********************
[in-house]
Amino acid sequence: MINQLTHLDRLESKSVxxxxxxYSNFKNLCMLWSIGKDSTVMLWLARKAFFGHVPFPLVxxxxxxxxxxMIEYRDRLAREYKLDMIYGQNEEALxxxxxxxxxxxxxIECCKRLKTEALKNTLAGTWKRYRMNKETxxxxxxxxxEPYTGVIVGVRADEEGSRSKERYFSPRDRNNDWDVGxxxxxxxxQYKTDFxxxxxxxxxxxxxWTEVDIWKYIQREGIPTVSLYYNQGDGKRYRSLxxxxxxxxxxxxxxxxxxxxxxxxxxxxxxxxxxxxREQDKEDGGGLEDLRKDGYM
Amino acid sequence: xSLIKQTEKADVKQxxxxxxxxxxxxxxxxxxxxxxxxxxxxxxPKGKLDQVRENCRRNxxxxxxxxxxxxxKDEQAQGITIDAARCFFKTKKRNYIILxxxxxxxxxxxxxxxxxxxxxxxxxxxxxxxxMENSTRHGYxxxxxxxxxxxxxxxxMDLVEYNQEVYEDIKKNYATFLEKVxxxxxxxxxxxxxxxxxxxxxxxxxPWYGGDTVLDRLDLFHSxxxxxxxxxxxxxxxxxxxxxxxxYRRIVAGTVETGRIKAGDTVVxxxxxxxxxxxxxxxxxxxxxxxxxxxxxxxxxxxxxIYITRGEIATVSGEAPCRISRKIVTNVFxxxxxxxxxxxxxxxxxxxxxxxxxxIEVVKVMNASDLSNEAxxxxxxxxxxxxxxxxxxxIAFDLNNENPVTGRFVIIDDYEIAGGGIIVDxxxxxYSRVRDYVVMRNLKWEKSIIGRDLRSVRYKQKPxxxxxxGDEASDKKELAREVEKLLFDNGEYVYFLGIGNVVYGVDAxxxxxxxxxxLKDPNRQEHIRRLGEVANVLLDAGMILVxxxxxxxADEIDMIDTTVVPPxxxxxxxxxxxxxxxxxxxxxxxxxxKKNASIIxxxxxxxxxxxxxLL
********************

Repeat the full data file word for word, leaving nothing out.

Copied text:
[in-house]
Amino acid sequence: MINQLTHLDRLESKSVxxxxxxYSNFKNLCMLWSIGKDSTVMLWLARKAFFGHVPFPLVxxxxxxxxxxMIEYRDRLAREYKLDMIYGQNEEALxxxxxxxxxxxxxIECCKRLKTEALKNTLAGTWKRYRMNKETxxxxxxxxxEPYTGVIVGVRADEEGSRSKERYFSPRDRNNDWDVGxxxxxxxxQYKTDFxxxxxxxxxxxxxWTEVDIWKYIQREGIPTVSLYYNQGDGKRYRSLxxxxxxxxxxxxxxxxxxxxxxxxxxxxxxxxxxxxREQDKEDGGGLEDLRKDGYM
Amino acid sequence: xSLIKQTEKADVKQxxxxxxxxxxxxxxxxxxxxxxxxxxxxxxPKGKLDQVRENCRRNxxxxxxxxxxxxxKDEQAQGITIDAARCFFKTKKRNYIILxxxxxxxxxxxxxxxxxxxxxxxxxxxxxxxxMENSTRHGYxxxxxxxxxxxxxxxxMDLVEYNQEVYEDIKKNYATFLEKVxxxxxxxxxxxxxxxxxxxxxxxxxPWYGGDTVLDRLDLFHSxxxxxxxxxxxxxxxxxxxxxxxxYRRIVAGTVETGRIKAGDTVVxxxxxxxxxxxxxxxxxxxxxxxxxxxxxxxxxxxxxIYITRGEIATVSGEAPCRISRKIVTNVFxxxxxxxxxxxxxxxxxxxxxxxxxxIEVVKVMNASDLSNEAxxxxxxxxxxxxxxxxxxxIAFDLNNENPVTGRFVIIDDYEIAGGGIIVDxxxxxYSRVRDYVVMRNLKWEKSIIGRDLRSVRYKQKPxxxxxxGDEASDKKELAREVEKLLFDNGEYVYFLGIGNVVYGVDAxxxxxxxxxxLKDPNRQEHIRRLGEVANVLLDAGMILVxxxxxxxADEIDMIDTTVVPPxxxxxxxxxxxxxxxxxxxxxxxxxxKKNASIIxxxxxxxxxxxxxLL